The Days After Halloween

There are remnants of Halloween around the house.

White crumbly dust on the floor from sawing styrofoam balls in half with a hacksaw.
Orphaned swatches of tape hanging off the edge of the sill
Dresses laid over chairs in the corner
Hardening paintbrushes on the back of the sink
At least one blobl of hot glue somewhere it shouldn’t be.

Halloween is my oldest daughter’s favorite holiday. Better than Christmas even.

She doesn’t even collect that much candy. Still uses a plastic orange pumpkin, not the more functional pillowcase most teens opt for. More room for the take.

No, it’s different for her. I suppose she’s like her old man, enjoys the act of creating, of stepping into a costume and being someone else for a while, which, if you let it, is the same thing, ironically, as being more of yourself.

Little shards of sparkly purple triangles collected in a pile, the remains of cutting out Saturn’s rings.

And my younger daughter is already following suit.

“Daddy, come do my makeup!” she yells from atop the toilet seat, legs dangling and swishing back and forth.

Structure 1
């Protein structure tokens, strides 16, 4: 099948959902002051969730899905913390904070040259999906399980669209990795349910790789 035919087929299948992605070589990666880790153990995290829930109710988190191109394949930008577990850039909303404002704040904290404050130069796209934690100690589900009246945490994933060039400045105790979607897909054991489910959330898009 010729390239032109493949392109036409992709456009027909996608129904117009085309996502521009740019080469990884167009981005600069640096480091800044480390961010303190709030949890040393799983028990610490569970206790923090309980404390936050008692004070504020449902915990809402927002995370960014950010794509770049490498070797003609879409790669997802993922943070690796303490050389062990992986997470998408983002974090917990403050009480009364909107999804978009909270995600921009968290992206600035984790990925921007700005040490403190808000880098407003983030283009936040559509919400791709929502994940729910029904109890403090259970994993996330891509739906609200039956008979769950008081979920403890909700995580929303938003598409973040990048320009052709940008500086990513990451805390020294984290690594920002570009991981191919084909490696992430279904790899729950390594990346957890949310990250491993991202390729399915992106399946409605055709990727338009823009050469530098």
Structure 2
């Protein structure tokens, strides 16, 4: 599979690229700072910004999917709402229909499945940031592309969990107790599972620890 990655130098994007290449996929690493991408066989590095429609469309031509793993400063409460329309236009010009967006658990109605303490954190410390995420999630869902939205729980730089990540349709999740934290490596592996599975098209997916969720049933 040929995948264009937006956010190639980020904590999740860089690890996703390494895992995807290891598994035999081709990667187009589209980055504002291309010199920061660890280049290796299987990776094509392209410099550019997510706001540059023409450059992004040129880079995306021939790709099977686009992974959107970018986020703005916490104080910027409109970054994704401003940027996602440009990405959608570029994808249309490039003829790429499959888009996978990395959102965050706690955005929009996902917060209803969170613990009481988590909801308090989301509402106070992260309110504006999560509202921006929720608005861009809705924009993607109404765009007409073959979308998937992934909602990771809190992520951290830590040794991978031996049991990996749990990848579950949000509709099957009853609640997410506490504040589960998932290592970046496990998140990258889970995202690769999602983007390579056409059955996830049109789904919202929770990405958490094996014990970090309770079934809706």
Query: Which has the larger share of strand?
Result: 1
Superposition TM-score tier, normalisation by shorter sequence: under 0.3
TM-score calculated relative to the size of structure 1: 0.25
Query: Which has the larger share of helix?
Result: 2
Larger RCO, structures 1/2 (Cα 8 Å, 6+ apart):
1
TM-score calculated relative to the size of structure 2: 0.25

Happy orange eyebrows for our clown.

A few smudges on the sink, balled-up, orange-tinged tissues that missed the garbage can, an orange ring where the makeup cap was set down.

When I look at these little leftover bits of things, I have to smile, remembering the laughter when I cut the styrofoam crooked the first time, the cooing sounds of a five-year-old as I glided makeup over her skin, the unexpected conversations about important things, as we waited for the glue to dry.

It’s watching my teenager do a TikTok video with her new solar system crown that confirms the truth that adults keep secret: the best part of Halloween definitely isn’t the candy.

Nail polish on the tile, sequins on the floor.

Such things are required to make magic for an evening.